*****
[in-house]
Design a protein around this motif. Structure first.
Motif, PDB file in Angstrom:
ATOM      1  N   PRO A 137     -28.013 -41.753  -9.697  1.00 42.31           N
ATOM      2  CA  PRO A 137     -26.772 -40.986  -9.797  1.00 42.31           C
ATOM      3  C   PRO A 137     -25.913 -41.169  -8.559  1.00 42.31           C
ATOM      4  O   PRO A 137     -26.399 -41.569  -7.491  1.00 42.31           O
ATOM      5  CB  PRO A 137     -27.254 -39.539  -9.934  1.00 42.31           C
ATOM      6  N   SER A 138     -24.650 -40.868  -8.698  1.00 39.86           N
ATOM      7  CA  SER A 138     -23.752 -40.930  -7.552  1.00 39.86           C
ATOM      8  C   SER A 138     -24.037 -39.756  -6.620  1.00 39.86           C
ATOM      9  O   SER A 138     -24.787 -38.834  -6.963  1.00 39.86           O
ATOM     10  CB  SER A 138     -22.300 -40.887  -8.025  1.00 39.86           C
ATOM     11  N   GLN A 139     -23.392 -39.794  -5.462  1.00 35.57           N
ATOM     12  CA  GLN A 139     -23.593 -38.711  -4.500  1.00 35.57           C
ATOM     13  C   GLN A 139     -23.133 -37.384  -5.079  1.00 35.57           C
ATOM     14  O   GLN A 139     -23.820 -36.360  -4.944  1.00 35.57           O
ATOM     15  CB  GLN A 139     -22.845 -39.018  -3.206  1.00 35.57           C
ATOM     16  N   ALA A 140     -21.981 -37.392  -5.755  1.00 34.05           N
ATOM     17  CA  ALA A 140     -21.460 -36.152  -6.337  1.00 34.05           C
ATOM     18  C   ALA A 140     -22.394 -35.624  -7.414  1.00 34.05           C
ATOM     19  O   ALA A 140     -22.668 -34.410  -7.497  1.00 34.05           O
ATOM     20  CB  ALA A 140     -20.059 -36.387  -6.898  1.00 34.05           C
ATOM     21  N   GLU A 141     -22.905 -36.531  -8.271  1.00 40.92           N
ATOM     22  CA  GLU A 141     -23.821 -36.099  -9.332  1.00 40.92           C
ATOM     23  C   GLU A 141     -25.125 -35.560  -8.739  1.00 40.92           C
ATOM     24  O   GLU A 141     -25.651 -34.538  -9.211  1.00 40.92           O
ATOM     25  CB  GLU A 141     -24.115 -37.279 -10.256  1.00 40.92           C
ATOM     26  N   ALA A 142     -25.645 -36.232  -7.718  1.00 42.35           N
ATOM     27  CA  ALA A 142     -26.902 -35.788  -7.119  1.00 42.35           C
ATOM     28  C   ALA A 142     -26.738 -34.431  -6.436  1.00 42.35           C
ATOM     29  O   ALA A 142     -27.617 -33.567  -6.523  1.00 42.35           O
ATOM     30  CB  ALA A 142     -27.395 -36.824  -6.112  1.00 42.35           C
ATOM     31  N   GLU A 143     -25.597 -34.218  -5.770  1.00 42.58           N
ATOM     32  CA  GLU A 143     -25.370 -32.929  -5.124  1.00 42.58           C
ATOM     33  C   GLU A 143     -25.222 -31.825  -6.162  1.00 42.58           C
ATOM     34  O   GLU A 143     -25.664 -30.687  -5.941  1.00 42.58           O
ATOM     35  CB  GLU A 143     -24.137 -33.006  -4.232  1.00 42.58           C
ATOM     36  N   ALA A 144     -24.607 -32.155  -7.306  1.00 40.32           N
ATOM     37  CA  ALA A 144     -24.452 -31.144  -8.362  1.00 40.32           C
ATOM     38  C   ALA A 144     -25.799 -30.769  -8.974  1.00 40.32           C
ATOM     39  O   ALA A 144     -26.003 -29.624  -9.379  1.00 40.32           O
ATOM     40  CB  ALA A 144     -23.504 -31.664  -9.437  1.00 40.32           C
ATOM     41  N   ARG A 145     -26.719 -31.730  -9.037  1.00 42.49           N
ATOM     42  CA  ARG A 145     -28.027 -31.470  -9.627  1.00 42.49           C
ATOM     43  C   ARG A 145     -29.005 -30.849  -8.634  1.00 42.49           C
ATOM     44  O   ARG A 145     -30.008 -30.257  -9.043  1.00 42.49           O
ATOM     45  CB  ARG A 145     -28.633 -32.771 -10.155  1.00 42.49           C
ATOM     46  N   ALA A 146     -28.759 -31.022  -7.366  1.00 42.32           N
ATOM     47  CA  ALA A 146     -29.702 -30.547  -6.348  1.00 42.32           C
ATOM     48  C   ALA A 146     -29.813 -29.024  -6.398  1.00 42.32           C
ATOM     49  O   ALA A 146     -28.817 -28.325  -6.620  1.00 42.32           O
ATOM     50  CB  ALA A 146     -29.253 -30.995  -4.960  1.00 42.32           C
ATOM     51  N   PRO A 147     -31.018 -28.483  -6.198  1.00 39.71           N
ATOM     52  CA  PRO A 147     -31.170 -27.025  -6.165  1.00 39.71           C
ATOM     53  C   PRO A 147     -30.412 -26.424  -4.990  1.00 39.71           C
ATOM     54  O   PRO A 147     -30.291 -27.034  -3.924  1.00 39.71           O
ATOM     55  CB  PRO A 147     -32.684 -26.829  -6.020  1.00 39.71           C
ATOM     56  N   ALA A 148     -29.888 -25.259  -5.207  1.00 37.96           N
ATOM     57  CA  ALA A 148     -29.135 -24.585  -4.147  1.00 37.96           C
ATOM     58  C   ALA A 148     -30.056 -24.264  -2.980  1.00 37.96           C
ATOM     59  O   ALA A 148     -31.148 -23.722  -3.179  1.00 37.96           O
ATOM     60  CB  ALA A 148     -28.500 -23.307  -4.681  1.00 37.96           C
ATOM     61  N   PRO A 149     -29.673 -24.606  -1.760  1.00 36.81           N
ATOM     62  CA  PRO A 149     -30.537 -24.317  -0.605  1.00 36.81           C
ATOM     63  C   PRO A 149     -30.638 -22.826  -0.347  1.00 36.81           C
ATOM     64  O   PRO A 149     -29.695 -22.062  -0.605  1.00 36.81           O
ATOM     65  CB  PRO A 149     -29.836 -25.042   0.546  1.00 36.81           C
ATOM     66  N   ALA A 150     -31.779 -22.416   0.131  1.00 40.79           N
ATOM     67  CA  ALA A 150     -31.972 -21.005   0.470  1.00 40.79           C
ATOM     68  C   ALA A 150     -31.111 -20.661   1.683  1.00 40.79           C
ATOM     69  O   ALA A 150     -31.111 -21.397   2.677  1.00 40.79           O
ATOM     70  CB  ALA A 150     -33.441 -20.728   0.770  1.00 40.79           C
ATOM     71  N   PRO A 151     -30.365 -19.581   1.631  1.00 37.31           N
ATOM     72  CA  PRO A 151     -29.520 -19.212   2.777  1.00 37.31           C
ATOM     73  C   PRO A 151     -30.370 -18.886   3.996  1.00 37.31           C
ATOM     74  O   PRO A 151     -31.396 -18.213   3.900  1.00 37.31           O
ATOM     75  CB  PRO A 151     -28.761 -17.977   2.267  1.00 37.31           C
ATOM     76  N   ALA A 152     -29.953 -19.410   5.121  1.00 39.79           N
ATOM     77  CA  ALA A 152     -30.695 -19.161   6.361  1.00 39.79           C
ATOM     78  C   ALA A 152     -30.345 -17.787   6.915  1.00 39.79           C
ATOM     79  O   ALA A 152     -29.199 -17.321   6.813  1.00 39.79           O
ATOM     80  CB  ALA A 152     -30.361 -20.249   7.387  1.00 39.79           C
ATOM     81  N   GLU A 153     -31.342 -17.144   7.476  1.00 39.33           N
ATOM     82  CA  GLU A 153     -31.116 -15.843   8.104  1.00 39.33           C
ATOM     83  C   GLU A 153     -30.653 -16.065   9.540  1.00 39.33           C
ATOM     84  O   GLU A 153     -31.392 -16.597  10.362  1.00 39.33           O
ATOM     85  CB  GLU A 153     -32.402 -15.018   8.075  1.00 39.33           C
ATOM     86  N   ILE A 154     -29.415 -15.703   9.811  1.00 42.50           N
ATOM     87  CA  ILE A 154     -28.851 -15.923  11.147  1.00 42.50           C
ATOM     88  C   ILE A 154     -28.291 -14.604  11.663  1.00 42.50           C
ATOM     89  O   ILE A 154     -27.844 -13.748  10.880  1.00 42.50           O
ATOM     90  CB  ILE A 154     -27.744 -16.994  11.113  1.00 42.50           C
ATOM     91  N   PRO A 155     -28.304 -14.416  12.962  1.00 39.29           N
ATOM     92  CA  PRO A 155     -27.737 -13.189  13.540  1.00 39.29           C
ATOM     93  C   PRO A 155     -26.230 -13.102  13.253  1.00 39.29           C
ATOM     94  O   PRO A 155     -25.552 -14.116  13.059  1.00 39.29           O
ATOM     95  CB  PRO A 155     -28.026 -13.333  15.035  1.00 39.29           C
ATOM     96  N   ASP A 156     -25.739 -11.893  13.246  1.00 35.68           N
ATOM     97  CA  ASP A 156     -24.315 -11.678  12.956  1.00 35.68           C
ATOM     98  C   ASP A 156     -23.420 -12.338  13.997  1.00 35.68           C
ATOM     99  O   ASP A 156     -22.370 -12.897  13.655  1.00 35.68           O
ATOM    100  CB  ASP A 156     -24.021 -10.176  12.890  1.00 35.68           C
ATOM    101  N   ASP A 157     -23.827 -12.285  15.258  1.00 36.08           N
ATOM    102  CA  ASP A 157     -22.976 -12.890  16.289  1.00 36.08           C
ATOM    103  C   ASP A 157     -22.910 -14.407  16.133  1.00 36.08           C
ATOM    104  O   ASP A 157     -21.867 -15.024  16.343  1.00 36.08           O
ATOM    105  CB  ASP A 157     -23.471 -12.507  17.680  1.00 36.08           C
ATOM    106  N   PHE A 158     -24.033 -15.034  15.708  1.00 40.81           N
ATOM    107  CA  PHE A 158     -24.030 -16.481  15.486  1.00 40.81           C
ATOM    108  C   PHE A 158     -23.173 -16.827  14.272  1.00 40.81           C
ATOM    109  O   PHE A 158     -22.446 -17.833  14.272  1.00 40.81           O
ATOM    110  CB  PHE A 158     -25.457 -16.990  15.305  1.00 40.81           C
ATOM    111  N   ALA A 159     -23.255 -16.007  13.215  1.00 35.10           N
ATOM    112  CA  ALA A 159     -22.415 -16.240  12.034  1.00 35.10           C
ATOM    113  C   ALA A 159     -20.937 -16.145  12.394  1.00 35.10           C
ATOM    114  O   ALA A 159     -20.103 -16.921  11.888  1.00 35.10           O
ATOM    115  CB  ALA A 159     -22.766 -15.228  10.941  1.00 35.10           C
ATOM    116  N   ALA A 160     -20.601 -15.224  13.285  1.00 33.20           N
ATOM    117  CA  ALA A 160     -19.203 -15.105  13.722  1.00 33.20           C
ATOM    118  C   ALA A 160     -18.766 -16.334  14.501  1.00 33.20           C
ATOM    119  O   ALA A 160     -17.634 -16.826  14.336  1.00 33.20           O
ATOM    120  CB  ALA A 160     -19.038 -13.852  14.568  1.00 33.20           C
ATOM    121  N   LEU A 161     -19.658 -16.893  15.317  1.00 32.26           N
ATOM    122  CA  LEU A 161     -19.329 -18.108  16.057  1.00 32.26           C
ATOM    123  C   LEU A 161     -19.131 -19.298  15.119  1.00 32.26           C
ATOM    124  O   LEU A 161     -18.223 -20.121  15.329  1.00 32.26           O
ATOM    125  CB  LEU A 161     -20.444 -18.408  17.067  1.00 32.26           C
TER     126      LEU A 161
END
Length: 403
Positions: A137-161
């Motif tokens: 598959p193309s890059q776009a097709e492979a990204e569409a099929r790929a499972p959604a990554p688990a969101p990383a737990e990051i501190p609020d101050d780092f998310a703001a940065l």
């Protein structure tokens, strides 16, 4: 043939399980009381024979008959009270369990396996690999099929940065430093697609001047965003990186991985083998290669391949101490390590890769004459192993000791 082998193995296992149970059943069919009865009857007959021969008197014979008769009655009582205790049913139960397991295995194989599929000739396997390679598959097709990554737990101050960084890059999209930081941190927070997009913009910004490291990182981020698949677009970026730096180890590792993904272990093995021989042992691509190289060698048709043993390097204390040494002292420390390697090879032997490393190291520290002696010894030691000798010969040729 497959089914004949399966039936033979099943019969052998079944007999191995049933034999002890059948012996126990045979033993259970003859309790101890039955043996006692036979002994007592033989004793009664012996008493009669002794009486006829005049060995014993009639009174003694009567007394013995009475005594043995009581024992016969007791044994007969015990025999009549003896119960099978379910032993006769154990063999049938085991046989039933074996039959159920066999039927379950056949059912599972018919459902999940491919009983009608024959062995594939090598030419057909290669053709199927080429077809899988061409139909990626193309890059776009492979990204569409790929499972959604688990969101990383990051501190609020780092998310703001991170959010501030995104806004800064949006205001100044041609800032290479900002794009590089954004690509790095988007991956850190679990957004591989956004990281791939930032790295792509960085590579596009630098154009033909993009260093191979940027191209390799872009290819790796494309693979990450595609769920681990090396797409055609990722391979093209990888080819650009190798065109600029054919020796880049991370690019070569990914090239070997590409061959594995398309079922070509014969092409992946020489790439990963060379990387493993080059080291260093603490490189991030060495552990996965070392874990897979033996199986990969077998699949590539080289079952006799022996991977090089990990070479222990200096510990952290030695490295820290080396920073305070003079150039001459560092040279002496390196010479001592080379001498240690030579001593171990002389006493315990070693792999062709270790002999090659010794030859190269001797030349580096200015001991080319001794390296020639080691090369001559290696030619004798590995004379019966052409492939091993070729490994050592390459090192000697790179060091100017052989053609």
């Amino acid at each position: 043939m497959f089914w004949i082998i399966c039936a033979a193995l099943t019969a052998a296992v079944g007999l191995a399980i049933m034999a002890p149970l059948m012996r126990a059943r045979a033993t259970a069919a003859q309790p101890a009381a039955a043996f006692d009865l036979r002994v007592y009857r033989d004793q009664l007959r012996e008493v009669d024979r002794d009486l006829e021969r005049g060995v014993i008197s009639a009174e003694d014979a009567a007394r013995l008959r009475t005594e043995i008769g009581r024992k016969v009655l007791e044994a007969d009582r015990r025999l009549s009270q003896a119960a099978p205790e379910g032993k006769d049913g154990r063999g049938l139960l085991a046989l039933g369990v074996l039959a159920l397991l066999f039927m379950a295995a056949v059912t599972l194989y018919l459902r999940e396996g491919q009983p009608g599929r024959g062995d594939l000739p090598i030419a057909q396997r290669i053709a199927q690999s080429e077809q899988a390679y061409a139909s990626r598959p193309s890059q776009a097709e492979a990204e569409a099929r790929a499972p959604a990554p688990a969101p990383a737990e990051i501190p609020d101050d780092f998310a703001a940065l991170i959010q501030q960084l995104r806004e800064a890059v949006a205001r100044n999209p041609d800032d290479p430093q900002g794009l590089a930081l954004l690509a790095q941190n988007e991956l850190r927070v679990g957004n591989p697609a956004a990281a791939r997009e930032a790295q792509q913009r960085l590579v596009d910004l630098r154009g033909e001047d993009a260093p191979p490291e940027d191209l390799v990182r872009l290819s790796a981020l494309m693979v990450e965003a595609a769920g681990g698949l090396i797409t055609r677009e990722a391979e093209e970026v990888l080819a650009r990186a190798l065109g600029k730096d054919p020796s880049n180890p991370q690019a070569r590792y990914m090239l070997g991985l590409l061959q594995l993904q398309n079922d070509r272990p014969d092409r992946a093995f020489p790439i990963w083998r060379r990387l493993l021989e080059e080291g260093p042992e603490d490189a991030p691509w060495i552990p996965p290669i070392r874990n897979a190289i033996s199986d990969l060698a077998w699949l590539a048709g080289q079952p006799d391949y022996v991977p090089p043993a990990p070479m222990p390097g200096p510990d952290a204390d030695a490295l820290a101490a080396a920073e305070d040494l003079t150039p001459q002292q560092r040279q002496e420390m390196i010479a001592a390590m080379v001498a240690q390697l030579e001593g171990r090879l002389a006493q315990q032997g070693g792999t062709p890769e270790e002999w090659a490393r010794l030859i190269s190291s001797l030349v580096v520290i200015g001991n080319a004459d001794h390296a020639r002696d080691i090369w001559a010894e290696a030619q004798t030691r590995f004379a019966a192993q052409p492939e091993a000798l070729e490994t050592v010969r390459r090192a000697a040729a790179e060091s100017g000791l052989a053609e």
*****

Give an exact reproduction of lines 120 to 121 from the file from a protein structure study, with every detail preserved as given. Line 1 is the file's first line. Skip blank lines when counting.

ATOM    117  CA  ALA A 160     -19.203 -15.105  13.722  1.00 33.20           C
ATOM    118  C   ALA A 160     -18.766 -16.334  14.501  1.00 33.20           C